In the summer of 2019, while in residence at Lizières art center founded by the multidisciplinary artist Ramuntcho Matta, the group began writing a second album around the texts of poet and art critic Rene Ricard, essential figure of the New York underground scene of the 1970s. TNHCH was then reinforced by Maëla Bescond on lead vocals, and their sound began to gradually oscillate between a trip-hop under opioids and a post-rock mixed with noise guitars and tribal batteries.
At the end of an intensive one-week session of simultaneous composition and recording, the group begins to draw the contours of the project “ULTRA”, whose album was released (still independent) in October 2020 and whose the sleeves, exhibited on Mur du Fonds, were created by 30 fellow artists. Everyone was invited to create a series of ten artworks. In the end, three hundred copies create a strong graphic universe and show how the music of TNHCH intends to keep the link with this formidable artistic scene.
Mathis Collins, Joël Degbo
Le Mur du Fonds
Devoted to the presentation of editorial initiatives, le Mur du Fonds gives prominence to the collection of multiples and artists’ books from Frac Bretagne as well as to artists, graphic designers, editors and students who develop an original approach to publishing. Very reactive, its programming is thought out in exchange and with artistic news.
The Frac Bretagne brings together for the first time the entire film series incorporating central Neanderthal figures produced by British artist Nathaniel Mellors since 2012.
The first film titled The Sophisticated Neanderthal Interview (2012) features an interview between an ethereal “modern” man (Truson) and an apparently real Neanderthal. The modern man is unable to read the Neanderthal’s intelligence and in return the Neanderthal plays with him and his expectations of primitivism. The work reflects on contemporary class and identity separation but also anticipates recent developments in prehistoric science whereby the Neanderthal has been ‘de-objectified’ – moving from idiot relative to a central figure in the evolution of homo-sapiens. The interview appears to take place in a version of mythic ‘Eden’ which Mellors uses as a symbolic point of transition from sustainable hunter-gathering to ecologically untenable ownership. The work was filmed in the historic Bronson Caves in Griffith Park in Los Angeles (recurring filming location for Hollywood westerns and original Batman TV show).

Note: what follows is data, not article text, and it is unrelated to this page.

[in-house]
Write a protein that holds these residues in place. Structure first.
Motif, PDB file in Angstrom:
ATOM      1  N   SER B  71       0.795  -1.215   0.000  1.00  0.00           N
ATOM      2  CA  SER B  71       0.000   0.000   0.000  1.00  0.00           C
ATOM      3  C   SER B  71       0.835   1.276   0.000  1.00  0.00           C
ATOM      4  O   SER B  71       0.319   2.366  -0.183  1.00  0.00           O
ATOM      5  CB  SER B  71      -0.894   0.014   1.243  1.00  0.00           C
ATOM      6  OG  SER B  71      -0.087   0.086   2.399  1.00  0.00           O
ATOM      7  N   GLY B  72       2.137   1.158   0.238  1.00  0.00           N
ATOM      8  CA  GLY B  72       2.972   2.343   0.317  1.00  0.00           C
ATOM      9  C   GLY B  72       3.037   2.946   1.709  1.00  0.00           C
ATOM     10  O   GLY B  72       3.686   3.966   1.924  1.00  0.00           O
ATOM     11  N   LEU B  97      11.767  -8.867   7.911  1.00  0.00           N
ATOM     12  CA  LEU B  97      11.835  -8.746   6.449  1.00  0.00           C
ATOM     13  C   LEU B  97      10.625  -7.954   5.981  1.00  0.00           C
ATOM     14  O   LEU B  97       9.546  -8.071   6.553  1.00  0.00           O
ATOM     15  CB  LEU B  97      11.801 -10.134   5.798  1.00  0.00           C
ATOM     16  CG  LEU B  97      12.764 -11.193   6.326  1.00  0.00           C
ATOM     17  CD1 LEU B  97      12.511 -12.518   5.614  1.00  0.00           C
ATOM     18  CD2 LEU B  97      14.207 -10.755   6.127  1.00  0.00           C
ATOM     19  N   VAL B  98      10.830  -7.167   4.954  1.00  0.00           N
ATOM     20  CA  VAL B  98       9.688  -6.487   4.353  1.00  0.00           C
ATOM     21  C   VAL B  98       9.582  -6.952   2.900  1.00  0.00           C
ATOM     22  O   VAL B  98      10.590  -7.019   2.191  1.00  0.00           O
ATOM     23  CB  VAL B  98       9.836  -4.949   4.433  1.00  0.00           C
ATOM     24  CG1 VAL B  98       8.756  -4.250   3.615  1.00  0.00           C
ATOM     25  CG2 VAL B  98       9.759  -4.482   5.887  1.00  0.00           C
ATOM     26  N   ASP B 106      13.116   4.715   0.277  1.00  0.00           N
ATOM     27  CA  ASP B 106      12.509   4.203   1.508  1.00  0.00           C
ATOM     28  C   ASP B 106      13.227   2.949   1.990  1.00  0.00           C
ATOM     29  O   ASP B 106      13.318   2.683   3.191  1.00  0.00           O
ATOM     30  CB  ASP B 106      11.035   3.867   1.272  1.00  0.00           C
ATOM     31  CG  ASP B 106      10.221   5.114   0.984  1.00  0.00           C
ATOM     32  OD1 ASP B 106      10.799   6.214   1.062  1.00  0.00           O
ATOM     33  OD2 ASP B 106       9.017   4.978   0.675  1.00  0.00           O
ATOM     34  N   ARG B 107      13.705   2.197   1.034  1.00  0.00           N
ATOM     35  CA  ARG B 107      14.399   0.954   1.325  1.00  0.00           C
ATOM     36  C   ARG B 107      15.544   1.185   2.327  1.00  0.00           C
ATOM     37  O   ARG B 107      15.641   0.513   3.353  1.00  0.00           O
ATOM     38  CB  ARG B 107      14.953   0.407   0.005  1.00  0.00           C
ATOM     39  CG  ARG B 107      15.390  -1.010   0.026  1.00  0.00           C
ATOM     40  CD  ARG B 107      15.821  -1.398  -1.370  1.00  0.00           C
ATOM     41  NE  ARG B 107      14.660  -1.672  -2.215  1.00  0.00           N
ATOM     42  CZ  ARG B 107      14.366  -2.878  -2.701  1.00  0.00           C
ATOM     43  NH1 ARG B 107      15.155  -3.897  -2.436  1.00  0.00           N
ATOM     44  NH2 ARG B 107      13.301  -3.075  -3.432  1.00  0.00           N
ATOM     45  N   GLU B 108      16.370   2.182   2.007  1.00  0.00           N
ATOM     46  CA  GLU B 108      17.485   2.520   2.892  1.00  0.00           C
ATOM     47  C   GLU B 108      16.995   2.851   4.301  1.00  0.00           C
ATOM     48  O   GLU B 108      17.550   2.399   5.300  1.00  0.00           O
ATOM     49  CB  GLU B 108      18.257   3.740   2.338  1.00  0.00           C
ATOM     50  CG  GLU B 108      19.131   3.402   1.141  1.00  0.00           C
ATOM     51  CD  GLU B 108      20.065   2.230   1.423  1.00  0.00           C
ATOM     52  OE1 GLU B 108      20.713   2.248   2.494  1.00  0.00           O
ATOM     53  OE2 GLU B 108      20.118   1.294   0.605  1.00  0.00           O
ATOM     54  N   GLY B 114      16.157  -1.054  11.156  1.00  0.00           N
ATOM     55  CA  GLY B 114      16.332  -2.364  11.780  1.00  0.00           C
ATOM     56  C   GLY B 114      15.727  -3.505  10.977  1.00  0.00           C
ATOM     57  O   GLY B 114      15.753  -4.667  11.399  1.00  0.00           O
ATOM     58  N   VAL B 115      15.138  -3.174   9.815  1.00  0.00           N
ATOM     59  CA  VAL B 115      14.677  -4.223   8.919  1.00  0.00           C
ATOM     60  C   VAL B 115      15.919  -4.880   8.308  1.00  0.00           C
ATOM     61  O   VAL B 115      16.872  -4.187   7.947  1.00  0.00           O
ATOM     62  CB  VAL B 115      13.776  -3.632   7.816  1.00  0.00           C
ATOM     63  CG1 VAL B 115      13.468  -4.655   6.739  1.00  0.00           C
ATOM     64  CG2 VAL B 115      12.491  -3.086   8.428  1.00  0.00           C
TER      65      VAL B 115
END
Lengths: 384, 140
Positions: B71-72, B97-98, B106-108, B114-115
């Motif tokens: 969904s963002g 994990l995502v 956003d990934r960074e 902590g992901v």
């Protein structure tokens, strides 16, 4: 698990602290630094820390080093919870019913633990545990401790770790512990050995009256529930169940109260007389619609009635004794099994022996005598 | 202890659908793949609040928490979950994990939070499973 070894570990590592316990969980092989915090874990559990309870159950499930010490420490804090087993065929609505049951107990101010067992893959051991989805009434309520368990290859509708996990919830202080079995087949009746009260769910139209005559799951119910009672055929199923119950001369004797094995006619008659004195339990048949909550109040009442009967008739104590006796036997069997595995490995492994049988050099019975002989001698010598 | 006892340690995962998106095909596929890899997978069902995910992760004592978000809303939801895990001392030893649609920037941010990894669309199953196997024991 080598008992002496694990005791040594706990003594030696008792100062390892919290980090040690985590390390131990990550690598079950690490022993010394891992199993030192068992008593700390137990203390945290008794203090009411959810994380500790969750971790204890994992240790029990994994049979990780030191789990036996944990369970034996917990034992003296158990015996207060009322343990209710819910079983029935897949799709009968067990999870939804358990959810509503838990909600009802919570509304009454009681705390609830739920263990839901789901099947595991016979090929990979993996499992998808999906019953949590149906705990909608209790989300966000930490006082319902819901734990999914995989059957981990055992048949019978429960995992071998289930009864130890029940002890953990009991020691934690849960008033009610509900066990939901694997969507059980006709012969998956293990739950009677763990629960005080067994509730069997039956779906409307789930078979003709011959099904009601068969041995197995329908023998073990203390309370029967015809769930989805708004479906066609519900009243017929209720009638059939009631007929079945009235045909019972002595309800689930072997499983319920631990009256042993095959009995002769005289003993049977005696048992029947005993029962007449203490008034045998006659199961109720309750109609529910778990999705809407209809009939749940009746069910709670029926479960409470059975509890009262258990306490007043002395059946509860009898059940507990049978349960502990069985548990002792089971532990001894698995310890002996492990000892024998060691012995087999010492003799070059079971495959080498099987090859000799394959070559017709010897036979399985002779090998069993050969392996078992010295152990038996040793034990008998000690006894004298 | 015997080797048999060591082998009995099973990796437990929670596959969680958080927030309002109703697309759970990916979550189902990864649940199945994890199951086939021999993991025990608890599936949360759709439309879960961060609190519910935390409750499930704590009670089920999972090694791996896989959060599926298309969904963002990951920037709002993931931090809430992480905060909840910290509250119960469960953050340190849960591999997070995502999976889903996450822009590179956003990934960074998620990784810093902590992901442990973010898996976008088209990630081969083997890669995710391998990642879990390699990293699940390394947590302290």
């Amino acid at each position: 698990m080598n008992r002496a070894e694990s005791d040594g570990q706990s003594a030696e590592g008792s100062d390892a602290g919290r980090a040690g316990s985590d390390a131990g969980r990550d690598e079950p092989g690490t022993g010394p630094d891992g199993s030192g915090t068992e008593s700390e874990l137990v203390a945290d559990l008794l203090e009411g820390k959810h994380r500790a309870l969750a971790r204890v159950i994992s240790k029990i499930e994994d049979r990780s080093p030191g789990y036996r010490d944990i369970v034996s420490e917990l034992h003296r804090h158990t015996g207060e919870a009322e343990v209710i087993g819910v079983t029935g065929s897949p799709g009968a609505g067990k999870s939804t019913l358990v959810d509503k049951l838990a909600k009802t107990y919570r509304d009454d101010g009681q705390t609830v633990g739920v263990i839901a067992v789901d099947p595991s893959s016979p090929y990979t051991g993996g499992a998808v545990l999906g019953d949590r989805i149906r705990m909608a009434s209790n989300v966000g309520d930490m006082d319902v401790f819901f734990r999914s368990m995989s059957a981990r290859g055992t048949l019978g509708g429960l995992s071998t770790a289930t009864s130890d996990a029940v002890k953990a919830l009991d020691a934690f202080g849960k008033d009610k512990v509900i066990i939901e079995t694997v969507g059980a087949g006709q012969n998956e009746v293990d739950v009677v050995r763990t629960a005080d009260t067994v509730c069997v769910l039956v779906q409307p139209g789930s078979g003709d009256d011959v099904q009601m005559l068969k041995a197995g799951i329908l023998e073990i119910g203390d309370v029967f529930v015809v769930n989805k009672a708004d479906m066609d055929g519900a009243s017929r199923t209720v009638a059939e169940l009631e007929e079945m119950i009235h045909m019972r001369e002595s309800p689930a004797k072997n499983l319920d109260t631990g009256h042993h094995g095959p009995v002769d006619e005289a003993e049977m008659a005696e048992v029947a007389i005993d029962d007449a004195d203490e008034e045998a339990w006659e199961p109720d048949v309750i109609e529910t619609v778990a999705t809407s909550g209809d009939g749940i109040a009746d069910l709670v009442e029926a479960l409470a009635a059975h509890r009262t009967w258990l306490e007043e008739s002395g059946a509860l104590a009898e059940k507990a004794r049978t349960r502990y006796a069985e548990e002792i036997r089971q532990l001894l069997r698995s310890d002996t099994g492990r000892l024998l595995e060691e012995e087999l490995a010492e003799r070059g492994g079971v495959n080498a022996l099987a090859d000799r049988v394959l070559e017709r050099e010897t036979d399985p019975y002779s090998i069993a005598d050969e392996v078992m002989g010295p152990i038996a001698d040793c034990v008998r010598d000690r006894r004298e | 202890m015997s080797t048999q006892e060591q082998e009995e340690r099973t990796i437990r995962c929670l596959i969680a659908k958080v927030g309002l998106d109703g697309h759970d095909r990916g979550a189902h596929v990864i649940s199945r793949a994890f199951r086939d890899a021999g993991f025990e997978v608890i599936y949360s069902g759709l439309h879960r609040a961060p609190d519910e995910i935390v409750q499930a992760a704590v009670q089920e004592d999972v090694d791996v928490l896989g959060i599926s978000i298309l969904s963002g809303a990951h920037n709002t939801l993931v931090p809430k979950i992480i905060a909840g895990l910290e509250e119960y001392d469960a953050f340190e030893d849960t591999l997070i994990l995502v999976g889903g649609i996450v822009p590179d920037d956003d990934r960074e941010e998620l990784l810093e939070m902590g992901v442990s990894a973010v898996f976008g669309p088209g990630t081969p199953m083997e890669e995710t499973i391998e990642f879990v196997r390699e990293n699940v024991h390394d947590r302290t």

Neanderthal Container (2014) features the reappearance of the character in the form of a Neanderthal stunt-dummy in permanent free-fall. As well as filming the figure falling and bouncing off trees, plants and buildings in and around Los Angeles, Mellors dropped the Neanderthal figure from a plane over the San Joaquin Valley. Mellors conceived the falling figure as depicting an “absolute exterior” and these sequences are punctuated by more psychedelic video fragments depicting the Neanderthal’s interior – a film-set populated by four different versions of the Neanderthal character who reflect on their condition and position “inside the Neanderthal stunt-dummy… which is actually a spaceship.”
Neanderthal Crucifixion (2021) features the return of The Neanderthal character from the previous works as an animated puppet – the new work is made with stop-frame animation and the narrative addresses the Neanderthal’s excitement about his forthcoming retirement, reflections on his cultural innovations “(“I invented houses”) and his social-alienation, class-resentment and prejudice against the new and increasingly prevalent homo-sapiens whose heads appear to be too small.